Tesla reported first-quarter earnings on Wednesday, and they were better than expected: Tesla lost less money than analysts thought the company would.
After the numbers hit, CEO Elon Musk and his team held a conference call. And Tesla kicked it off with bang.
For years, Musk has said that Tesla wants to be delivering 500,000 vehicles per year by 2020.
But massive pre-orders for the Model 3 car that was unveiled in March — some 400,000 — have compelled Tesla to change that plan.
Musk now wants to hit 500,000 by 2018, a full two years ahead of schedule.
He called it the biggest “strategic change” that Tesla is now making.
“Increasing production five fold over the next two years will be challenging and will likely require some additional capital, but this is our goal and we will be working hard to achieve it,” Tesla said in a letter to shareholders.
Up to now, Tesla has managed to build and deliver a maximum of about 50,000 vehicles in a single year. And that max was achieved last year, when Tesla downgraded its delivery guidance several times during the year.
This year, Tesla is sticking to its 80-90,000 delivery guidance.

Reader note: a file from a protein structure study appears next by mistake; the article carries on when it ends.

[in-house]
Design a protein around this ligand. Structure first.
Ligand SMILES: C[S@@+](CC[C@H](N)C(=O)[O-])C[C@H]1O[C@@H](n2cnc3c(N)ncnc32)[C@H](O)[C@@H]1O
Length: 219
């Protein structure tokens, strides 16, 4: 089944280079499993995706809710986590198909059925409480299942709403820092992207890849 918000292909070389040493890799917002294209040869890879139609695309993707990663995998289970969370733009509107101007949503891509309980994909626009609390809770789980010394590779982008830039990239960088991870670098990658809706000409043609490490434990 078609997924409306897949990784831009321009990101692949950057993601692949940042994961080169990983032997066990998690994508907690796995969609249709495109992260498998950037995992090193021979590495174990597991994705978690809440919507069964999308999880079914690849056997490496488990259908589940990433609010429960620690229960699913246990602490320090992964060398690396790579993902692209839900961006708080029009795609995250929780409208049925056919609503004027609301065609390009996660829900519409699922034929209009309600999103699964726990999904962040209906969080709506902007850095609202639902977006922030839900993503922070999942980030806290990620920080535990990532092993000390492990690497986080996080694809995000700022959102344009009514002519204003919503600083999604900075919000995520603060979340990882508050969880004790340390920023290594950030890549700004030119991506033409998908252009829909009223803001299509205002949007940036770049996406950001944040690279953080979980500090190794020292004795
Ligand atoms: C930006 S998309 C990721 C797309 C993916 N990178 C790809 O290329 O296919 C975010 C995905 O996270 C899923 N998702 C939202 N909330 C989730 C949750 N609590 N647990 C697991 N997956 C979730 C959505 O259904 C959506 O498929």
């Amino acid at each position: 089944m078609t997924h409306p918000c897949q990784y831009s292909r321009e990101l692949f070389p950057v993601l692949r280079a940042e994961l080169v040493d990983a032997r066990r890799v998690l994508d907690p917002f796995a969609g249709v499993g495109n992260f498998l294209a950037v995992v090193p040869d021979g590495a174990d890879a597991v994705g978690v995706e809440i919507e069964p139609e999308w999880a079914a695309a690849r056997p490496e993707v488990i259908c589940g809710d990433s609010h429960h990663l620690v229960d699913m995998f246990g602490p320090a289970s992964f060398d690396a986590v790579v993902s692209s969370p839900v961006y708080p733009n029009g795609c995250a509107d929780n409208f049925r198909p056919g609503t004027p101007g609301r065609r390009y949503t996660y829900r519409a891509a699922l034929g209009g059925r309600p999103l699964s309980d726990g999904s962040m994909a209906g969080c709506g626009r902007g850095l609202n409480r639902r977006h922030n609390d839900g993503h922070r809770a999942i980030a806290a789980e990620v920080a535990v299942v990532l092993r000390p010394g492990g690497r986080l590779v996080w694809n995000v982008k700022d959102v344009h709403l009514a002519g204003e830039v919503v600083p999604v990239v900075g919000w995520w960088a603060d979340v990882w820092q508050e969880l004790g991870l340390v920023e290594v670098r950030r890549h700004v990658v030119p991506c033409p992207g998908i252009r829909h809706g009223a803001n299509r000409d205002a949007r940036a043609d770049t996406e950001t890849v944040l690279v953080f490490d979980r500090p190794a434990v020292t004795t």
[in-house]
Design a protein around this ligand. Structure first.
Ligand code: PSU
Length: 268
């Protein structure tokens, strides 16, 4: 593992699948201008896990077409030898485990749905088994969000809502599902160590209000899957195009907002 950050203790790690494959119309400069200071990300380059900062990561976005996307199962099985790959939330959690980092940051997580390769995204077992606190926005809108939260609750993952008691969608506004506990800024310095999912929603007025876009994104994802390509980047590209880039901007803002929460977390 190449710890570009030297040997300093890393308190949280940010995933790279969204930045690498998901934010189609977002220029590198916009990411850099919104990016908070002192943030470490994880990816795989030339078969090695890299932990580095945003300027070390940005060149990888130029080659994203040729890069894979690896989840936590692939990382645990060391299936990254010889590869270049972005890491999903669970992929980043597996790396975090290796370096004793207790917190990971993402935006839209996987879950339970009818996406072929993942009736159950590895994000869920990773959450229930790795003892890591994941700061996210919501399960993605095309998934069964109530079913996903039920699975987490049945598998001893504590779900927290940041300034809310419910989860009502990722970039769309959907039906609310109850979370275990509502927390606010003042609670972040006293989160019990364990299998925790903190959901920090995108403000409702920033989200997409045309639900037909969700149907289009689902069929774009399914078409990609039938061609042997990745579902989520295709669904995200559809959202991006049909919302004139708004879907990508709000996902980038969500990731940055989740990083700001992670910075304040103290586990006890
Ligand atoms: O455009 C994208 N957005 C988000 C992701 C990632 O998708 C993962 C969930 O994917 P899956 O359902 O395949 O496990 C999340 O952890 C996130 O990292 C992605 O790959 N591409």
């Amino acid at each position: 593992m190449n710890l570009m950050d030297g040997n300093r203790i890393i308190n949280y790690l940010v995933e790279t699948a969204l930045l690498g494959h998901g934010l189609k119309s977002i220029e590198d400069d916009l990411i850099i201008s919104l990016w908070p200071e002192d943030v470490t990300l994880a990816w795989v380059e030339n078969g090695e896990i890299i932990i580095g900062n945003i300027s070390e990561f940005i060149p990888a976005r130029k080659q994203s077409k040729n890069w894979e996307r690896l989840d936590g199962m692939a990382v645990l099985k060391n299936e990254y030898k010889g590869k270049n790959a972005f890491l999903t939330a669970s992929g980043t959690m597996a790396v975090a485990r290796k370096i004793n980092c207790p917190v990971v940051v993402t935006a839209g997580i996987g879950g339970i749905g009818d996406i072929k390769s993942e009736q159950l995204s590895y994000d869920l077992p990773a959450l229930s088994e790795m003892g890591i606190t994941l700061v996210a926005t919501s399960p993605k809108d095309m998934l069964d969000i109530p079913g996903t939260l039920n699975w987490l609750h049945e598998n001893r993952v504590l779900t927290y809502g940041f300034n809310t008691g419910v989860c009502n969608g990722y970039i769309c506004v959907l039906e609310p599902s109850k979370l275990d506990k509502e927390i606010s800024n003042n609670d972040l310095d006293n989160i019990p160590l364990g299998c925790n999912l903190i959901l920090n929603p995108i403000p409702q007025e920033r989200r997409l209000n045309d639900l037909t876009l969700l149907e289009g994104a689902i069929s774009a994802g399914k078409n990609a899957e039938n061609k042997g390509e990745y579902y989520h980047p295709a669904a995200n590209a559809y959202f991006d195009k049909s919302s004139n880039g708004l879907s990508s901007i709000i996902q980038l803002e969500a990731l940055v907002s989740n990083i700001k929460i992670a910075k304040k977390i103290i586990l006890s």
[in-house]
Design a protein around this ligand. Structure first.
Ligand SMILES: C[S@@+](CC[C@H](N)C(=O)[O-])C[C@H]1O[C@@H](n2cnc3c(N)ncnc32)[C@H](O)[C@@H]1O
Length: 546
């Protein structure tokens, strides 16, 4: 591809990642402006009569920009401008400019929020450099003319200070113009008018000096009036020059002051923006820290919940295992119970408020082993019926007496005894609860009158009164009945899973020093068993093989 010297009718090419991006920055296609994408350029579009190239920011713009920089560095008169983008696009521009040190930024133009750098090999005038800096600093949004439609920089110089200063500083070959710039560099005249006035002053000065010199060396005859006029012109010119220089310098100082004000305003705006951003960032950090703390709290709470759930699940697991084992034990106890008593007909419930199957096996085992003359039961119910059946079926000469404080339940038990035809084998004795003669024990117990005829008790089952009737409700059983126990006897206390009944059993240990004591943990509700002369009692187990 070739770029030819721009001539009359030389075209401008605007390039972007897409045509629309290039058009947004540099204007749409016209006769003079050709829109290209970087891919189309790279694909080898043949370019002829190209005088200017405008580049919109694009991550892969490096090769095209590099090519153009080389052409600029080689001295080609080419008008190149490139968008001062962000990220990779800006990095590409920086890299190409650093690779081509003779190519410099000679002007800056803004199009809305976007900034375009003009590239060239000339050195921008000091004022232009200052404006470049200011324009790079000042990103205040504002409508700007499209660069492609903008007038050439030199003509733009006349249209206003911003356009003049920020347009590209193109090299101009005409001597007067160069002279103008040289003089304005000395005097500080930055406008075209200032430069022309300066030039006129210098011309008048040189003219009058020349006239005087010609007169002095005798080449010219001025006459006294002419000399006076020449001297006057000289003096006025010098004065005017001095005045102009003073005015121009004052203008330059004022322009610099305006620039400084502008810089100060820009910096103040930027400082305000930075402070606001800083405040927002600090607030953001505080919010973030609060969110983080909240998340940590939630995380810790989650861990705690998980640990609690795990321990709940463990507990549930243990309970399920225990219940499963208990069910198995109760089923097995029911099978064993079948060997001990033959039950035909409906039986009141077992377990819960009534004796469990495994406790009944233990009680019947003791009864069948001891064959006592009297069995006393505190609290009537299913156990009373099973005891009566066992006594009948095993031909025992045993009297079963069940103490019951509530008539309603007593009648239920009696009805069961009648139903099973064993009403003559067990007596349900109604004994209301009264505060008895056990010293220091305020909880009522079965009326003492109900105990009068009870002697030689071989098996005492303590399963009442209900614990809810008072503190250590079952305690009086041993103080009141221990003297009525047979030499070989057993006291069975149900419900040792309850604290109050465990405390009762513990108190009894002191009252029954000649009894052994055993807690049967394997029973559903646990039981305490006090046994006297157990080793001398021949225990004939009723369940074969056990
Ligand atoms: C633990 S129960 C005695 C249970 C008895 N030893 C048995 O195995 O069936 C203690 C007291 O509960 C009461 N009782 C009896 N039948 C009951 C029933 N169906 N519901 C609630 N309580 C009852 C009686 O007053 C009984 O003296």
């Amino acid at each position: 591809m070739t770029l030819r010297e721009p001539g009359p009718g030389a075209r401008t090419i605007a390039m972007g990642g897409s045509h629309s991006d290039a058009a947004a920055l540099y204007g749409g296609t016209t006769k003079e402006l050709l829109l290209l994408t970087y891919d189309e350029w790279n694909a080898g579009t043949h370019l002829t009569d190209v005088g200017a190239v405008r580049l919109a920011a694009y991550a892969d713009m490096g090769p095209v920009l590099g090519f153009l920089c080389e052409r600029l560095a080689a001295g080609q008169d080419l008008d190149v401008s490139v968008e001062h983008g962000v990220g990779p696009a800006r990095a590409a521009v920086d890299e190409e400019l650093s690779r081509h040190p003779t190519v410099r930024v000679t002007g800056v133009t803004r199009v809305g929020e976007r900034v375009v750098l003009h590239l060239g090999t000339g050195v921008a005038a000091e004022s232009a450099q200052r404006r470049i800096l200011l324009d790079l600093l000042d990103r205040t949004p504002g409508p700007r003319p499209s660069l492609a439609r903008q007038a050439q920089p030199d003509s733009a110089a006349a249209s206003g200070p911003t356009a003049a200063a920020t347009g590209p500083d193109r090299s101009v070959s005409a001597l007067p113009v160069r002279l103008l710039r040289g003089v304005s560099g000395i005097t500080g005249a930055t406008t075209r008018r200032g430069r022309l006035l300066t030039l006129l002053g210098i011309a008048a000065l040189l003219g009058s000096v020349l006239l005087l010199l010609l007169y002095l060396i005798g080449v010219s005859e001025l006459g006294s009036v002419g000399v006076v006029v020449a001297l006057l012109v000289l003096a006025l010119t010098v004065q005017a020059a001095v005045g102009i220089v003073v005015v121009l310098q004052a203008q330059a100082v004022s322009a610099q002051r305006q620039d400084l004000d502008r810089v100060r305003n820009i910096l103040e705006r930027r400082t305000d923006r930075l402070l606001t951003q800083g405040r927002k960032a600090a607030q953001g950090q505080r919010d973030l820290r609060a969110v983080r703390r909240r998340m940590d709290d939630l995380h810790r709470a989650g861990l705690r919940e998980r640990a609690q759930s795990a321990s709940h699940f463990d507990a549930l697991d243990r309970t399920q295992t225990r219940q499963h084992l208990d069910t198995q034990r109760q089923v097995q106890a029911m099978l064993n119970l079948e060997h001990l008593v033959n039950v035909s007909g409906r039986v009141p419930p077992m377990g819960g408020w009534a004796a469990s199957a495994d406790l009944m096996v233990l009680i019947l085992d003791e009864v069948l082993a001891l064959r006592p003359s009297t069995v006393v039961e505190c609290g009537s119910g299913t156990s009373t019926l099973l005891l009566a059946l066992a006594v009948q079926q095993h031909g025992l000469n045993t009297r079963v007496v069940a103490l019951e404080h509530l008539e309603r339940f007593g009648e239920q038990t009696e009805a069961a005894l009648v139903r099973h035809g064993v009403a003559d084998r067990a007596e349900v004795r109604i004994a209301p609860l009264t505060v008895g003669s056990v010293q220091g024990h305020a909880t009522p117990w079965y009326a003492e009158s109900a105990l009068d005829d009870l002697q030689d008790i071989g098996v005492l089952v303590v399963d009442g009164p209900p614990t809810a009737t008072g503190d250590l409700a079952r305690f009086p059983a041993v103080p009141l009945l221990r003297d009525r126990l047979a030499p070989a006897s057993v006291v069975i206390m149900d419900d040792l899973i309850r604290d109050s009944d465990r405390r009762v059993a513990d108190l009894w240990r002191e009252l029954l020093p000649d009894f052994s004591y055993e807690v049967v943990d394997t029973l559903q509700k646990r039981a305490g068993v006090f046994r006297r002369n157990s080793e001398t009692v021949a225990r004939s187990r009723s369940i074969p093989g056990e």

But it’s clear that the Model 3 has significantly altered Tesla’s planning for the future.
On the call, Musk stressed that as good as Tesla is at design and technology, the company needs to up its game as a manufacturer.
“We take it very seriously, and we need to solve it if we’re going to scale and scale rapidly,” he said.
Musk will evidently take personal responsibility for upping Tesla’s production pace. He said that he has desk at the end of a production line at Tesla’s factory in Fremont, CA, and that he also keeps a sleeping bag there.
But make no mistake: getting to 500,000 in annual deliveries in just two years is going to be the biggest challenge Tesla has yet confronted.
So he took the opportunity to put out a call for help.
He asked the “best manufacturing people in the world” to join Tesla. He added that the company’s “hellbent” focus would be to get “super good at making large complex objects.”